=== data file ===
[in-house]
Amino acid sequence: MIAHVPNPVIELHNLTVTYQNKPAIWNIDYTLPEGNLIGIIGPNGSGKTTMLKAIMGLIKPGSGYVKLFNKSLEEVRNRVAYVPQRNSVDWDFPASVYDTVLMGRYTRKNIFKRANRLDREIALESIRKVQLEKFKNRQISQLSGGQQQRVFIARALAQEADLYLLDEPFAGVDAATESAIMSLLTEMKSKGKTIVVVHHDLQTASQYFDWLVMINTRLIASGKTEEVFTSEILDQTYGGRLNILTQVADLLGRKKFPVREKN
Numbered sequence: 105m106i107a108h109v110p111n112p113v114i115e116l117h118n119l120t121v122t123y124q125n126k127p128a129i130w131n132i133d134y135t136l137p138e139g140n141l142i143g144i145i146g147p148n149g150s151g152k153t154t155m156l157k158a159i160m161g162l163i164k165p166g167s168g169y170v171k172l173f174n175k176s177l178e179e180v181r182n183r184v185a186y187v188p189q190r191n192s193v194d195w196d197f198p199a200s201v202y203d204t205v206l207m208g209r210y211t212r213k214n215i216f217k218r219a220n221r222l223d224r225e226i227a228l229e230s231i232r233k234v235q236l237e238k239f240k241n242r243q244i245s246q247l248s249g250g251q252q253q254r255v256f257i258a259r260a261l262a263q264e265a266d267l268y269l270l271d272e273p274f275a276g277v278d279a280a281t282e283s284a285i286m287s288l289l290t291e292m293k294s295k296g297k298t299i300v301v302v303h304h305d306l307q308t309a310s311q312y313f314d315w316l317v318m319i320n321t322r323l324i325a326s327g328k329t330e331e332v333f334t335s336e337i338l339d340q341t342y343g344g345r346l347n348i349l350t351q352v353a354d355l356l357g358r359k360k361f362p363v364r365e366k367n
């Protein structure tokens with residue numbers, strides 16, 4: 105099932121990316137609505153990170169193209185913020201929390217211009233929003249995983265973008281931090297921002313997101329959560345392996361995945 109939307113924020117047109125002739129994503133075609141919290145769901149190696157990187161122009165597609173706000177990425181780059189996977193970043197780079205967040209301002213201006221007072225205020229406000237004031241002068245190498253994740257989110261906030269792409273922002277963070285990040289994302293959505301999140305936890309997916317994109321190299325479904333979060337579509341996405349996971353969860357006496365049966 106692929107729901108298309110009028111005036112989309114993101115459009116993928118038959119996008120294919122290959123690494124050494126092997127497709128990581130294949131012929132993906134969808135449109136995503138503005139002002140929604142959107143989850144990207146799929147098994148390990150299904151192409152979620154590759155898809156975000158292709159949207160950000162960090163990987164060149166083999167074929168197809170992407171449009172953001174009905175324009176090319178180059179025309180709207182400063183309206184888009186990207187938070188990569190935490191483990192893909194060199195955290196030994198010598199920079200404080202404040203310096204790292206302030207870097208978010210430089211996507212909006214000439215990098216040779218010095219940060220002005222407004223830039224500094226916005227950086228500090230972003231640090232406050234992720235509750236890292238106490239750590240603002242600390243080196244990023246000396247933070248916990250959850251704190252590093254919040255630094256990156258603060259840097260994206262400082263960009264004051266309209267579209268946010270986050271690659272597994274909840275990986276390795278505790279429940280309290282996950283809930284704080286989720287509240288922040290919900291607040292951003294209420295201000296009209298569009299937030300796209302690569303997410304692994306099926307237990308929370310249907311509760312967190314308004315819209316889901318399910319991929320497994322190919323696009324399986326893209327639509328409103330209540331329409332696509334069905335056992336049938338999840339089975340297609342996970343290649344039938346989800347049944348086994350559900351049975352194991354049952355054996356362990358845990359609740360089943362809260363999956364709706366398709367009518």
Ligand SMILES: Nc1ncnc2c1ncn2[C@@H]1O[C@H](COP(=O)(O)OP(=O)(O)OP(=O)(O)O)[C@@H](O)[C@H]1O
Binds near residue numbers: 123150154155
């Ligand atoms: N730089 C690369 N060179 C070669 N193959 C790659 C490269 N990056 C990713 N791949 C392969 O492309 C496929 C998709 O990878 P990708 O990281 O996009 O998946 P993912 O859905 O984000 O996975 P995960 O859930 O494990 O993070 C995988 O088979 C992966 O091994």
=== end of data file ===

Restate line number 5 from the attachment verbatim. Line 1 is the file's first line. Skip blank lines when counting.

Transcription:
Ligand SMILES: Nc1ncnc2c1ncn2[C@@H]1O[C@H](COP(=O)(O)OP(=O)(O)OP(=O)(O)O)[C@@H](O)[C@H]1O